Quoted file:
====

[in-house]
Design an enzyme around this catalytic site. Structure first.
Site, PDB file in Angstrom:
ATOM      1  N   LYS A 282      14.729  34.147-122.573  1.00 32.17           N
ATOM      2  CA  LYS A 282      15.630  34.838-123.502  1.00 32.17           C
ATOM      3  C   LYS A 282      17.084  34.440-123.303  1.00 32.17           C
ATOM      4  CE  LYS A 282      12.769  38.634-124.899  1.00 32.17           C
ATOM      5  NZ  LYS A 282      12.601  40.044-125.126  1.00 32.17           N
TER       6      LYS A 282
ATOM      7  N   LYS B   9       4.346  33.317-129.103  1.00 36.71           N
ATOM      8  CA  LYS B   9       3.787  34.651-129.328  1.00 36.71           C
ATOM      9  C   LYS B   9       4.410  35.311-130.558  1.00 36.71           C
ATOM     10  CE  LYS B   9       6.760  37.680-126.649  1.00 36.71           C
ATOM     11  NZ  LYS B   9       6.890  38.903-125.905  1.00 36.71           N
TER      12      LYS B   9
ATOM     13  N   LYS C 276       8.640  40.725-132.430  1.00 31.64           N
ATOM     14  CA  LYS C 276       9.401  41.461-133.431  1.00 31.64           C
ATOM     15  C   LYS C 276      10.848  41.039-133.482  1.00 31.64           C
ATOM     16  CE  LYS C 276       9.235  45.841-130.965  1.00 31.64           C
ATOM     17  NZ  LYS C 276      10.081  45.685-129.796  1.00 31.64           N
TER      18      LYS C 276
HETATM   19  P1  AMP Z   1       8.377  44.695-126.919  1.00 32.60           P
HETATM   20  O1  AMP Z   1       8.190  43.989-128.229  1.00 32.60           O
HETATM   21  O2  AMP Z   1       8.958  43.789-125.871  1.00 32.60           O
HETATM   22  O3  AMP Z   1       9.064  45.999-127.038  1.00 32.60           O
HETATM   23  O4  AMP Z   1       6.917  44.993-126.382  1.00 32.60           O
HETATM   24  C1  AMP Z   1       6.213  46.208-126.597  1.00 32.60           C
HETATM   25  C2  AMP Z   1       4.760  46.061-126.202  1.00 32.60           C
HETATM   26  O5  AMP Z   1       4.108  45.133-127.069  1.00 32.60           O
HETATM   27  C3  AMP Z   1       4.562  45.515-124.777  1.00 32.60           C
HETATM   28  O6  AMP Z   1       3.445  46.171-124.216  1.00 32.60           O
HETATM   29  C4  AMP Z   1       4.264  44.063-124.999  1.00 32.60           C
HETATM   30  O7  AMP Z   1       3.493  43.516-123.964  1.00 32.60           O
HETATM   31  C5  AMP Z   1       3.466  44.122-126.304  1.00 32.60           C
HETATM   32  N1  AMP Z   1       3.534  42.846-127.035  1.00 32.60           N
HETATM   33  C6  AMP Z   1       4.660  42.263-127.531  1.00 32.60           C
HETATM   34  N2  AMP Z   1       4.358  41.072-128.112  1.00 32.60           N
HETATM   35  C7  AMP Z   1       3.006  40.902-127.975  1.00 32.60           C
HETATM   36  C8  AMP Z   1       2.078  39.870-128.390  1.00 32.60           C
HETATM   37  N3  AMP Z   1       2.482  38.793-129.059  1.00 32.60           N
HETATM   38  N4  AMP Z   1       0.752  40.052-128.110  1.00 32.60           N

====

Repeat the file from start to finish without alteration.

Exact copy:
[in-house]
Design an enzyme around this catalytic site. Structure first.
Site, PDB file in Angstrom:
ATOM      1  N   LYS A 282      14.729  34.147-122.573  1.00 32.17           N
ATOM      2  CA  LYS A 282      15.630  34.838-123.502  1.00 32.17           C
ATOM      3  C   LYS A 282      17.084  34.440-123.303  1.00 32.17           C
ATOM      4  CE  LYS A 282      12.769  38.634-124.899  1.00 32.17           C
ATOM      5  NZ  LYS A 282      12.601  40.044-125.126  1.00 32.17           N
TER       6      LYS A 282
ATOM      7  N   LYS B   9       4.346  33.317-129.103  1.00 36.71           N
ATOM      8  CA  LYS B   9       3.787  34.651-129.328  1.00 36.71           C
ATOM      9  C   LYS B   9       4.410  35.311-130.558  1.00 36.71           C
ATOM     10  CE  LYS B   9       6.760  37.680-126.649  1.00 36.71           C
ATOM     11  NZ  LYS B   9       6.890  38.903-125.905  1.00 36.71           N
TER      12      LYS B   9
ATOM     13  N   LYS C 276       8.640  40.725-132.430  1.00 31.64           N
ATOM     14  CA  LYS C 276       9.401  41.461-133.431  1.00 31.64           C
ATOM     15  C   LYS C 276      10.848  41.039-133.482  1.00 31.64           C
ATOM     16  CE  LYS C 276       9.235  45.841-130.965  1.00 31.64           C
ATOM     17  NZ  LYS C 276      10.081  45.685-129.796  1.00 31.64           N
TER      18      LYS C 276
HETATM   19  P1  AMP Z   1       8.377  44.695-126.919  1.00 32.60           P
HETATM   20  O1  AMP Z   1       8.190  43.989-128.229  1.00 32.60           O
HETATM   21  O2  AMP Z   1       8.958  43.789-125.871  1.00 32.60           O
HETATM   22  O3  AMP Z   1       9.064  45.999-127.038  1.00 32.60           O
HETATM   23  O4  AMP Z   1       6.917  44.993-126.382  1.00 32.60           O
HETATM   24  C1  AMP Z   1       6.213  46.208-126.597  1.00 32.60           C
HETATM   25  C2  AMP Z   1       4.760  46.061-126.202  1.00 32.60           C
HETATM   26  O5  AMP Z   1       4.108  45.133-127.069  1.00 32.60           O
HETATM   27  C3  AMP Z   1       4.562  45.515-124.777  1.00 32.60           C
HETATM   28  O6  AMP Z   1       3.445  46.171-124.216  1.00 32.60           O
HETATM   29  C4  AMP Z   1       4.264  44.063-124.999  1.00 32.60           C
HETATM   30  O7  AMP Z   1       3.493  43.516-123.964  1.00 32.60           O
HETATM   31  C5  AMP Z   1       3.466  44.122-126.304  1.00 32.60           C
HETATM   32  N1  AMP Z   1       3.534  42.846-127.035  1.00 32.60           N
HETATM   33  C6  AMP Z   1       4.660  42.263-127.531  1.00 32.60           C
HETATM   34  N2  AMP Z   1       4.358  41.072-128.112  1.00 32.60           N
HETATM   35  C7  AMP Z   1       3.006  40.902-127.975  1.00 32.60           C
HETATM   36  C8  AMP Z   1       2.078  39.870-128.390  1.00 32.60           C
HETATM   37  N3  AMP Z   1       2.482  38.793-129.059  1.00 32.60           N
HETATM   38  N4  AMP Z   1       0.752  40.052-128.110  1.00 32.60           N